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|Riff & Roll Exclusive Interview With Jimmy - Part 1(1998)|
Riff and Roll caught up with Jimmy and talked
to him about a variety of subjects, including the recording of
Rock In A Hard Place, his time playing in Aerosmith and with Rod
Stewart and other bands, a planned album and much more....
Steven Tyler collapses onstage in Portland, 1979|
Riff and Roll: Now
In Aerosmith's Autobiography, Walk This Way, there's a picture of
yourself playing on while Brad Whitford checked on Steven, who'd
collapsed on stage. What was it like trying to entertain a crowd
in those circumstances?
Jimmy Crespo: That
was in my first few shows with Aerosmith, about my second I
think. It was in Portland and it was pretty disappointing. I was
really looking forward to playing with these guys, and when
Steven collapsed I knew something was really wrong. It felt
strange, but most of all it was just disappointing, and I
wondered what I was getting myself into.
one stage, yourself, Joey and Tom teamed up with Marge Raymond
from Flame to form Renegade, and apparently tracks were recorded
for a potential release. How far from fruition did that venture
JC: Well we had a
record deal through Columbia, and we got several tracks in the
can before Steven eventually got it together. I was responsible
for writing the music in Renegade, Tony Bongiovi produced it with
Bob Mayo on Keyboards/vocals and the tracks were recorded over at
S./.R. studios on 52nd Street in New York. From memory I think a
few of the tracks were named "Cinderella Dreamer",
"Ride On", and "One More Night". I think Steven caught wind
of what we were doing and realised he had to get things moving
again, otherwise the band was history. I remember there was one
other track I was working on with Renegade, which Steven and I
ended up collaborating on which was called something like
"Well Run Dry" too.
what stage did the follow up to Rock In A Hard Place get to?
JC: Not too far.
Columbia wouldn't advance us any money for the album, they wanted
to hear the recordings before they would give us any money. This
kind of made it into a stalemate situation, and all the while
Steven wasn't in the best health. There were a few ideas floating
favourite songs from the Aerosmith days?
JC: Of the album I
played on my favourite was probably Bolivian Ragamuffin. It was
really raw and fun to play. I liked playing stuff like the Jig Is
Up and Rock In A Hard Place (Cheshire Cat), they were all a lot
of fun. Rock In A Hard Place was the first song I collaborated
and recorded with Steven, so it kind of sentimentally holds a
place in my heart. Some of the other songs I really liked too,
and some were ok. Jailbait got a little repetitve to play, it was
a pretty simple song. Of the songs that we played in concert
other than the ones I wrote, Sweet Emotion and Back In The Saddle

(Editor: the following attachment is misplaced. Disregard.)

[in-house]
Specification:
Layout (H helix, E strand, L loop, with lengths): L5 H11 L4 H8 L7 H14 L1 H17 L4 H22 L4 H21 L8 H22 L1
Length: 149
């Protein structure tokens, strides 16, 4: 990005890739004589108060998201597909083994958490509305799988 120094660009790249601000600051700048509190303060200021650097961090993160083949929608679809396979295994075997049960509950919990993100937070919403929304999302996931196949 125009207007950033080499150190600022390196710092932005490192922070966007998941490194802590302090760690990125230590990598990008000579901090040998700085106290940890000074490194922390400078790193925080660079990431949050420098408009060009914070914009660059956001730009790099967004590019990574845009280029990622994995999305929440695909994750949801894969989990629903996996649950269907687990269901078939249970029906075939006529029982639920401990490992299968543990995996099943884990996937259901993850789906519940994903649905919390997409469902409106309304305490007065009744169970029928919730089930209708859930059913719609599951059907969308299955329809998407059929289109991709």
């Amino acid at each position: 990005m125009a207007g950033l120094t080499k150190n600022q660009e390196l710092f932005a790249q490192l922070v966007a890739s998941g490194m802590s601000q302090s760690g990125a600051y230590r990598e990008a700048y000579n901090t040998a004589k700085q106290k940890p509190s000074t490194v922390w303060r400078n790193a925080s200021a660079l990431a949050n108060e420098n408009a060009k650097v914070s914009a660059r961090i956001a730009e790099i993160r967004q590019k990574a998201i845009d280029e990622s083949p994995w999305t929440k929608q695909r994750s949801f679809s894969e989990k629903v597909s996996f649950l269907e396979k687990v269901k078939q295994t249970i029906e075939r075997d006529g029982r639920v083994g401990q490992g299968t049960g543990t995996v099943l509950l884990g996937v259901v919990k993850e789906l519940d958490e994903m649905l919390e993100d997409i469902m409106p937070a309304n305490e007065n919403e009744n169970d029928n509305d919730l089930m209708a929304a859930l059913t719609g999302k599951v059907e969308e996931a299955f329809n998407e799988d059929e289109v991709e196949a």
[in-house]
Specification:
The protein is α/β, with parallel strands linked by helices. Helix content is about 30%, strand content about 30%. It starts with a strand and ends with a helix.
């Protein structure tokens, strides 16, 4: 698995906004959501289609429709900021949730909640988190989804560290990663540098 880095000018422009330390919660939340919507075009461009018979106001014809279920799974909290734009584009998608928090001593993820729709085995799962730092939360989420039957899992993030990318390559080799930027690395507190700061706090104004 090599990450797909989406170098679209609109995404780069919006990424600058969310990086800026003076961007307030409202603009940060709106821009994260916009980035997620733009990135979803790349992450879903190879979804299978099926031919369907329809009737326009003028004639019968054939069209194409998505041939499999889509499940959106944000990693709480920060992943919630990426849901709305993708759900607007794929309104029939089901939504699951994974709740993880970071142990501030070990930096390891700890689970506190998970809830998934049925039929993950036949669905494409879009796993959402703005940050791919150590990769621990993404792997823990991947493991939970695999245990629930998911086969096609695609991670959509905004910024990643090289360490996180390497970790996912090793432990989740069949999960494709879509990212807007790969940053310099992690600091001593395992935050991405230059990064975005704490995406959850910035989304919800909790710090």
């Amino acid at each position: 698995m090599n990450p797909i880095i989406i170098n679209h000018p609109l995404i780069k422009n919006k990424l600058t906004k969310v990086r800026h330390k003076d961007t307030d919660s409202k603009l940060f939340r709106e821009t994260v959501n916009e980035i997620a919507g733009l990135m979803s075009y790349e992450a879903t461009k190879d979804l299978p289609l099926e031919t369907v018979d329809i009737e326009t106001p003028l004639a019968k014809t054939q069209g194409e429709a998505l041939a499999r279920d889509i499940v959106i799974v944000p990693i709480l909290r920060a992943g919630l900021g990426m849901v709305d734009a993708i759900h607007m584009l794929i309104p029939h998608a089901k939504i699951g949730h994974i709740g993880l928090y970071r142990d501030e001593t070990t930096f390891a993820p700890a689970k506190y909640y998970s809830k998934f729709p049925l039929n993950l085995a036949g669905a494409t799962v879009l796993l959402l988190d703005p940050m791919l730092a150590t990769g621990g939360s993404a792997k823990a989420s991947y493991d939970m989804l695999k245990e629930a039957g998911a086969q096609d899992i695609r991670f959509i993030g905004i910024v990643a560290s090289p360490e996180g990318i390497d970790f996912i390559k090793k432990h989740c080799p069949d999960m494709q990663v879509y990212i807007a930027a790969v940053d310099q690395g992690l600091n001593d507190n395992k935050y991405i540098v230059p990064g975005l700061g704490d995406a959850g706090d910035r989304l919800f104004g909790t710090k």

were some of my favourites to play live.
you still play any songs from those days live these days?
JC: I do actually.
I break into Bolivian Ragamuffin occasionally!
still listen to Aerosmith?
JC: Yeah, I like
them a lot, especially the older stuff. Their newer stuff is
different to what they used to do, but it's good too.
parting with Aerosmith - were you a little disappointed not to be
able to put together another album with the band?
JC: It was a major
disappointment. To be honest I didn't expect to be in Aerosmith
as long as I was without making a lot more albums. I expected in
that time we would have made at least 2 or 3 albums, and I would
have liked to have made 4 or 5 in that period, but things just
weren't that productive with all the problems.
RR: How many
people were fired during Rock In A Hard Place? And the production
JC: There were
always new faces about, but the close Aero family remained pretty
constant. Felix Popolardi who'd produced Cream and songs like
Sunshine of Your Love and later Eric Clapton's albums was
supposed to be producing the album, but unfortunately he was shot
by his wife. The production costs ended up being about $1.5 mil,
which in those days was a hell of a lot.
how much did you play on the previous album, Night In The Ruts?
JC: I only joined
Aerosmith the night before the mixing of Night In The Ruts after
Joe Perry left. They got me to come in and fire off a solo to
Three Mile Smile, and that was pretty much it.
RR: Favourite guitar solo of
JC: I would have to say probably
Cry Me A River.
RR: Who's idea was that to
cover that song? Is it true it was done in one take?
JC: That was Steven's idea. That
was a great idea - I remember Steven had this old 40's Julie
London record with that song on it and he thought it would be a
good idea to cover it. I gotta say I love the guy, he's so
talented, and it was great to work with him. Actually that solo
was one of the only solos I've done in one take, I just had the
sound perfect, and the end result came out great. I said to Jack
(Douglas) do you want me to do it again, and he said "no
RR: Is it true that Steven
Tyler is really a left handed bassist named William Campbell and
when you play "Jailbait" backwards it says "Steven
is dead, miss him, miss him, miss him"? Or are those the
lyrics normally to "Bolivian Ragamuffin"? :)
JC: I hadn't heard that! But it
could be the lyrics to Bolivian Ragamuffin though! A lot of that
song sounds like jibber jabber. I do know though that at the time
all the best drugs were Bolivian, and Steven was right into that
Part Two of the
Interview with Jimmy Crespo